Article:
U.S. Trade Representative Robert Zoellick stated in a release that "We are disappointed with the outcome ... Given prior decisions, we knew this would be an uphill struggle, but we believed it was important to make our case for a level playing field on tax rules. The United States respects its WTO obligations, which serve America's interests, and we intend to continue to seek to cooperate with the EU in order to manage and resolve this dispute."
Zoellick added that "This is an especially sensitive dispute that, at its core, raises questions of a level playing field with regard to tax policy ... We will be consulting closely with Congress and affected U.S. interests regarding next steps."
Zoellick and U.S. exporters argue that there is an unlevel playing field because most nations have a territorial tax regime, under which they tax the income of corporations within their territory. The U.S. has a global tax regime dating back to the 19th Century. American corporations are taxed by the United States government for their domestic and foreign income. That is, under the basic rules, if an American corporation sells its products in France, the U.S. taxes the income. However, if a French corporation sells its products in the U.S., France does not tax the income of the corporation operating in the U.S.
This puts U.S. corporations at a competitive disadvantage with respect to their foreign competitors when competing in a global economy. Hence, Congress has enacted various exceptions to the general rule, through such methods as the foreign tax credit, the Domestic International Sales Corporation (DISC), the Foreign Sales Corporation (FSC), and finally, the bill passed in 2000. U.S. exporters, and their supporters in Congress and the administration, argue that this is simply leveling the playing field between U.S. and European companies.
In contrast, the EU contends that by giving tax breaks to U.S. exporters, the U.S. is, in effect, subsidizing exports, in violation of its trade agreements.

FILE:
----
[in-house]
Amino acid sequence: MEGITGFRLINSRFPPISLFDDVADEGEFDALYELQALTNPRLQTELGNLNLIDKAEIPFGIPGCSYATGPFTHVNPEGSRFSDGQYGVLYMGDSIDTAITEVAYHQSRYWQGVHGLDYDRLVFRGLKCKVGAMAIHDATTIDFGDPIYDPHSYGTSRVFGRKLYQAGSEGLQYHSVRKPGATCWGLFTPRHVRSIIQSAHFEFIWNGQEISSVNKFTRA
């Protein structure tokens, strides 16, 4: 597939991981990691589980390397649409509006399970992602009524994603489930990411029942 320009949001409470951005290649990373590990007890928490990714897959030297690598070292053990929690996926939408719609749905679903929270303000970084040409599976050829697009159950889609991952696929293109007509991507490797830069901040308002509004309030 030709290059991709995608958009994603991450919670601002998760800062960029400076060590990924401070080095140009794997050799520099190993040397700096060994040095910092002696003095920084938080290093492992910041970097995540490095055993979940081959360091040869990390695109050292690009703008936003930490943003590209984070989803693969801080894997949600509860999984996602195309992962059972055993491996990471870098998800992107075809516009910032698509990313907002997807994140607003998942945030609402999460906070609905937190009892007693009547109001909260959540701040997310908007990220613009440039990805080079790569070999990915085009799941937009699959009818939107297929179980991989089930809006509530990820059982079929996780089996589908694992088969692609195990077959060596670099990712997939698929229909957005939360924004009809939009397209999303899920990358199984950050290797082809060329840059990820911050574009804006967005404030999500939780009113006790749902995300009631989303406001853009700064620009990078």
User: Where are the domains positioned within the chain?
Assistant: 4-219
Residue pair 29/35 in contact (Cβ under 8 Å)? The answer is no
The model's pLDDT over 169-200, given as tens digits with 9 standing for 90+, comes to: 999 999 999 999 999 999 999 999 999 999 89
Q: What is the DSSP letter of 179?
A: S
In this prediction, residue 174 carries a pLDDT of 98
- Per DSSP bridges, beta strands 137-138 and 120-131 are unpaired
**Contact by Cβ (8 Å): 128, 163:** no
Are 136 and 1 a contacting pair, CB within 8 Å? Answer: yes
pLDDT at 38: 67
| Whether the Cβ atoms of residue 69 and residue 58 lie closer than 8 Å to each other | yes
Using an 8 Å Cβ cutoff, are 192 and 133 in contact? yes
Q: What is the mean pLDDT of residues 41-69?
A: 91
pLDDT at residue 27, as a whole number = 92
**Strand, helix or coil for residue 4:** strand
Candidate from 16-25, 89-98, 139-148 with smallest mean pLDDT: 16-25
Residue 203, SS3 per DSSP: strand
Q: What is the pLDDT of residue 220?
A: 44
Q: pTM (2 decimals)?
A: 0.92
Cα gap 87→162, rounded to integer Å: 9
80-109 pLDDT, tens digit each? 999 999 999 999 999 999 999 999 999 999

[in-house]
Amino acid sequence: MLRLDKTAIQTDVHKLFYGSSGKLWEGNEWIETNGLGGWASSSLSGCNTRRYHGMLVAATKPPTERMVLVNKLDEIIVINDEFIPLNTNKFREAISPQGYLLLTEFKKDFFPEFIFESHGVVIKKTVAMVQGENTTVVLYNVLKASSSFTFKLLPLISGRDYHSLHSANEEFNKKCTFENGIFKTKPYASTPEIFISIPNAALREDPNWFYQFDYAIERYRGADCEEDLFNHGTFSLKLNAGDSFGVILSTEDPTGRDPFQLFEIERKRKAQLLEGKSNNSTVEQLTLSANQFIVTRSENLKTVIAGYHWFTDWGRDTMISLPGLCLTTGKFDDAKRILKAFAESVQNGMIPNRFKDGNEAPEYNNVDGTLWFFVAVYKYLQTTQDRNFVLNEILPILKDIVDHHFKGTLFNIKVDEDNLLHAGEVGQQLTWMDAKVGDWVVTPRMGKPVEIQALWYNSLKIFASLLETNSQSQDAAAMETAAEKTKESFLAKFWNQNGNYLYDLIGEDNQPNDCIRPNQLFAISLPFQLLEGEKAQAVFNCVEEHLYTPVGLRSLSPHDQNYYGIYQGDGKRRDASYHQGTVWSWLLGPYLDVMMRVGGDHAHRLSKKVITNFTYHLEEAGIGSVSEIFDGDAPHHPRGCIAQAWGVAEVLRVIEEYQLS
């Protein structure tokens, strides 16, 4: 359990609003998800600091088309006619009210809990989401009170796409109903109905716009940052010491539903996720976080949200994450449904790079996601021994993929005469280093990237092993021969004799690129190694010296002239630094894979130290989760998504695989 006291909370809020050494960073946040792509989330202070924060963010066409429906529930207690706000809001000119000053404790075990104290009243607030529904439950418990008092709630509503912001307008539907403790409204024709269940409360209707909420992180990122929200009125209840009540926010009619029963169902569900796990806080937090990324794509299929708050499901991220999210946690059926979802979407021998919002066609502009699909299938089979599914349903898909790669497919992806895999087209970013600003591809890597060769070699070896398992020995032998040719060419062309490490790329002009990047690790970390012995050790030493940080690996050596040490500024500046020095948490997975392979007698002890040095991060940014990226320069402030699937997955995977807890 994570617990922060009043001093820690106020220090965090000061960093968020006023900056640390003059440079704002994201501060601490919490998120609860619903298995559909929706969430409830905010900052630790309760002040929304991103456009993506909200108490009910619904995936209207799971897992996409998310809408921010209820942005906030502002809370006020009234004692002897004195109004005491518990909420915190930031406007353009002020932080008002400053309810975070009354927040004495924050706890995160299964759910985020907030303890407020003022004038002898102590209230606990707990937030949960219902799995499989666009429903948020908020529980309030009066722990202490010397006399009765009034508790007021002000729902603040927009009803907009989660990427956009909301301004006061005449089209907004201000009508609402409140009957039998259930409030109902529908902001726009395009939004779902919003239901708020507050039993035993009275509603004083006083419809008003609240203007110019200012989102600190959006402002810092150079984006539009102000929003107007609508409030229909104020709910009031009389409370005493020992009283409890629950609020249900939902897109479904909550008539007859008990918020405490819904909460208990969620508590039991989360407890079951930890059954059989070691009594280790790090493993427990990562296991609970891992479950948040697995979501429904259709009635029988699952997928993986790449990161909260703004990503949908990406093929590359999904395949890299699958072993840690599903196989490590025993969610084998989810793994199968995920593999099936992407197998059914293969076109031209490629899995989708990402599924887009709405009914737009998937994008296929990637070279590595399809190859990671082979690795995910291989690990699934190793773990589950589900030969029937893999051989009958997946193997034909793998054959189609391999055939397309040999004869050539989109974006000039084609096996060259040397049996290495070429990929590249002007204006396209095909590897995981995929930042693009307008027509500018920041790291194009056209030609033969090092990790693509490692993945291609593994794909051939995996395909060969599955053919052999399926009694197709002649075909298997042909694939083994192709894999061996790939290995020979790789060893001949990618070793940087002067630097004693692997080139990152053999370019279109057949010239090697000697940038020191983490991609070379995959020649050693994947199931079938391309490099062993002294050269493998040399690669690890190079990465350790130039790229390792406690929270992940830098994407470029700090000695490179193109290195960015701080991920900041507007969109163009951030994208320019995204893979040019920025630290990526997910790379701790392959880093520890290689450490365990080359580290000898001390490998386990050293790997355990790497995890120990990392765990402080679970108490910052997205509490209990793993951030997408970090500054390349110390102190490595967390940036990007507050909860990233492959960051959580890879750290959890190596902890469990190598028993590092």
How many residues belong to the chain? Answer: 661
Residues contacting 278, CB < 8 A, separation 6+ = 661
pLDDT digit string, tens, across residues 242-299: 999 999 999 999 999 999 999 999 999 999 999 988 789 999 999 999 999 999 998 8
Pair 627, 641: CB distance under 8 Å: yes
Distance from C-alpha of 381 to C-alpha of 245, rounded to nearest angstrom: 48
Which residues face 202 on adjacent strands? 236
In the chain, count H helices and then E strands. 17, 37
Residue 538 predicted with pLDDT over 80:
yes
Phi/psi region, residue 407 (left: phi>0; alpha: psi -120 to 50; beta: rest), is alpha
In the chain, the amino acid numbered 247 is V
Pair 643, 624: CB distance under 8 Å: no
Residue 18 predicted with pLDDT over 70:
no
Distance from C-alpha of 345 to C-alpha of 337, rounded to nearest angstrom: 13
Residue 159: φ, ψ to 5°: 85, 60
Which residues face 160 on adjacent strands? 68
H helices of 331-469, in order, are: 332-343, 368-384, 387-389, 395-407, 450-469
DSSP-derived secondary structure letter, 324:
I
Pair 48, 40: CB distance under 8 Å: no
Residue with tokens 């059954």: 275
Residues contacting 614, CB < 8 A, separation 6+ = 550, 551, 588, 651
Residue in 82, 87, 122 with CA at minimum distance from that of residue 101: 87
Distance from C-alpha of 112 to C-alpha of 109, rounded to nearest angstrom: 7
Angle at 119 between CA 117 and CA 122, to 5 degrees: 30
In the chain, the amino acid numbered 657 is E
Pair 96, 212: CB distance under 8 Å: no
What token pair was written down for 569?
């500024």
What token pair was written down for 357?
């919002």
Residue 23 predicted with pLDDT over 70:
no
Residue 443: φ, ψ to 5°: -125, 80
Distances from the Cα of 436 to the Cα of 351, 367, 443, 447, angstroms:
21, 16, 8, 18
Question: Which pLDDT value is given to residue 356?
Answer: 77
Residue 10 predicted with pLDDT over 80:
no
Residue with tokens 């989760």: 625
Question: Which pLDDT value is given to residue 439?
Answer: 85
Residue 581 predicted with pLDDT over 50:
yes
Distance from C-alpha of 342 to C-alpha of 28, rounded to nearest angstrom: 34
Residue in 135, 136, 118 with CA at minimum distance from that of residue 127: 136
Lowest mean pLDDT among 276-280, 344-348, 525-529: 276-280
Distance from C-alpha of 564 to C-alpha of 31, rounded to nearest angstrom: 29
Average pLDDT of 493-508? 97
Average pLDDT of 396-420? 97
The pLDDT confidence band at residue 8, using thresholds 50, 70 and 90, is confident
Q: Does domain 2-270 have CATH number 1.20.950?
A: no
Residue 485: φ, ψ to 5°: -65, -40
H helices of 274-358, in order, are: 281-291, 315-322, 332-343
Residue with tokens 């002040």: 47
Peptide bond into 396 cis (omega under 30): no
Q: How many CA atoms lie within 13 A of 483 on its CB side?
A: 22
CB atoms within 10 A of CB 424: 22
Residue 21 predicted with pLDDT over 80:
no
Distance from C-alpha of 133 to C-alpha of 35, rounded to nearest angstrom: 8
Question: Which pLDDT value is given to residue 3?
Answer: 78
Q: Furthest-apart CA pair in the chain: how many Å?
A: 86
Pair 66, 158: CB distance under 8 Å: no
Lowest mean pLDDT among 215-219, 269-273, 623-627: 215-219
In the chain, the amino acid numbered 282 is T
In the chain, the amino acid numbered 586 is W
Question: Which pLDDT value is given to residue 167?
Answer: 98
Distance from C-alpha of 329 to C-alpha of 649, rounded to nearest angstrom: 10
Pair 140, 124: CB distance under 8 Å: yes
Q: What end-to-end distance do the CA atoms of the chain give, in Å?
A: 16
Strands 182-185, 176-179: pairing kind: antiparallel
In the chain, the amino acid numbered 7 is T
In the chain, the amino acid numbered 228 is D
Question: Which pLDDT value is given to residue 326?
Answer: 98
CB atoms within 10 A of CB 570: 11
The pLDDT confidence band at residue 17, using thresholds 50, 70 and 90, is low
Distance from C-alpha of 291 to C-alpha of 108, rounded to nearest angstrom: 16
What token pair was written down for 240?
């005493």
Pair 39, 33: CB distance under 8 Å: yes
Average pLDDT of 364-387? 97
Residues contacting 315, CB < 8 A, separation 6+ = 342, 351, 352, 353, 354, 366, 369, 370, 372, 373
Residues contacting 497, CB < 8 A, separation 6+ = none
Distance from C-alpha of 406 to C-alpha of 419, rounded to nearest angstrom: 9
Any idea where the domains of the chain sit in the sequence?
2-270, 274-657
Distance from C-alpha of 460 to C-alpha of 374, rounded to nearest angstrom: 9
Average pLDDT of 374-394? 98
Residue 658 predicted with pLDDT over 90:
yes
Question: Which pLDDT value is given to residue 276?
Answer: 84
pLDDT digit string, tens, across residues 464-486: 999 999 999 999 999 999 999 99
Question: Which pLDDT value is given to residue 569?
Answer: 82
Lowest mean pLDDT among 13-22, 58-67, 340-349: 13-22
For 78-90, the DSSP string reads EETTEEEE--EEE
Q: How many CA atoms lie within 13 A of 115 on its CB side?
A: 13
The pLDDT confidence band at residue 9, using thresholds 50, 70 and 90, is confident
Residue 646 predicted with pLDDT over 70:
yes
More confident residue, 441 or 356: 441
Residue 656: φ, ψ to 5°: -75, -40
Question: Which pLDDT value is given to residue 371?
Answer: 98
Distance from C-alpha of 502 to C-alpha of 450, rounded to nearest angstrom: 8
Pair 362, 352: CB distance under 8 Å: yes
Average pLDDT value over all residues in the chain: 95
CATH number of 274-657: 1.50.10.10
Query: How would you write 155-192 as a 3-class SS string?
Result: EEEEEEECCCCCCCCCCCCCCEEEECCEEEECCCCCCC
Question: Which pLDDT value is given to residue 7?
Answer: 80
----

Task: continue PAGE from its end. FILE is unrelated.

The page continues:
EU Trade Commissioner Pascal Lamy stated in a release that "We now have a definitive legal ruling on the FSC case. Of course I'm pleased that the WTO has confirmed what we always believed. We have made a point of handling this dispute in a very reasonable manner. Now it is up to the US to comply with the WTO's findings and to settle this matter for once and for all. As to how, we look forward to rapid US proposals."
It is possible that Europe might now retaliate by imposing high tariffs on the products of U.S. companies. Neither Europe nor the U.S. seek a trade war, and the EU is likely pursuing the FSC issue to obtain a bargaining chip to use in other trade negotiations. However, if there were a trade war, Europe would likely target U.S. technology and aircraft companies.
FCC Releases Annual Report on Video Programming
1/14. The Federal Communications Commission (FCC) released its 8th Annual Report [122 pages in PDF] on the status competition in the market for the delivery of video programming. The report finds that "competitive alternatives continue to develop. Cable television still is the dominant technology for the delivery of video programming to consumers in the MVPD marketplace, although its market share continues to decline. As of June 2001, 78 percent of MVPD subscribers received their video programming from a franchised cable operator, compared to 80 percent a year earlier."